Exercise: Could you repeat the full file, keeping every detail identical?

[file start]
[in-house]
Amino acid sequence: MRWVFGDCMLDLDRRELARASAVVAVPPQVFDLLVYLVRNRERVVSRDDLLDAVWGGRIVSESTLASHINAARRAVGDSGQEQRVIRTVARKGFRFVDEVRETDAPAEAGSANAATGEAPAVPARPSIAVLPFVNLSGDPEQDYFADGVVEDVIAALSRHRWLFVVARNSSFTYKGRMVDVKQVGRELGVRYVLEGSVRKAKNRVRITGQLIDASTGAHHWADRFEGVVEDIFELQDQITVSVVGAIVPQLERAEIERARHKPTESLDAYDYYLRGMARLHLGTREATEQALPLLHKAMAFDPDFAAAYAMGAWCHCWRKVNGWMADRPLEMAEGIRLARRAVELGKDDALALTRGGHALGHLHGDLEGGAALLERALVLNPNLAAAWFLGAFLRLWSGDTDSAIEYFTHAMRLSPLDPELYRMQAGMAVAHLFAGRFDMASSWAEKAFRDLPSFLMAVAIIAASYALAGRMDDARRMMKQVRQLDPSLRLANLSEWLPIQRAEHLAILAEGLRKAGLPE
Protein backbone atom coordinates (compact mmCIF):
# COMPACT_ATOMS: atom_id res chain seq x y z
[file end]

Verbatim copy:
[in-house]
Amino acid sequence: MRWVFGDCMLDLDRRELARASAVVAVPPQVFDLLVYLVRNRERVVSRDDLLDAVWGGRIVSESTLASHINAARRAVGDSGQEQRVIRTVARKGFRFVDEVRETDAPAEAGSANAATGEAPAVPARPSIAVLPFVNLSGDPEQDYFADGVVEDVIAALSRHRWLFVVARNSSFTYKGRMVDVKQVGRELGVRYVLEGSVRKAKNRVRITGQLIDASTGAHHWADRFEGVVEDIFELQDQITVSVVGAIVPQLERAEIERARHKPTESLDAYDYYLRGMARLHLGTREATEQALPLLHKAMAFDPDFAAAYAMGAWCHCWRKVNGWMADRPLEMAEGIRLARRAVELGKDDALALTRGGHALGHLHGDLEGGAALLERALVLNPNLAAAWFLGAFLRLWSGDTDSAIEYFTHAMRLSPLDPELYRMQAGMAVAHLFAGRFDMASSWAEKAFRDLPSFLMAVAIIAASYALAGRMDDARRMMKQVRQLDPSLRLANLSEWLPIQRAEHLAILAEGLRKAGLPE
Protein backbone atom coordinates (compact mmCIF):
# COMPACT_ATOMS: atom_id res chain seq x y z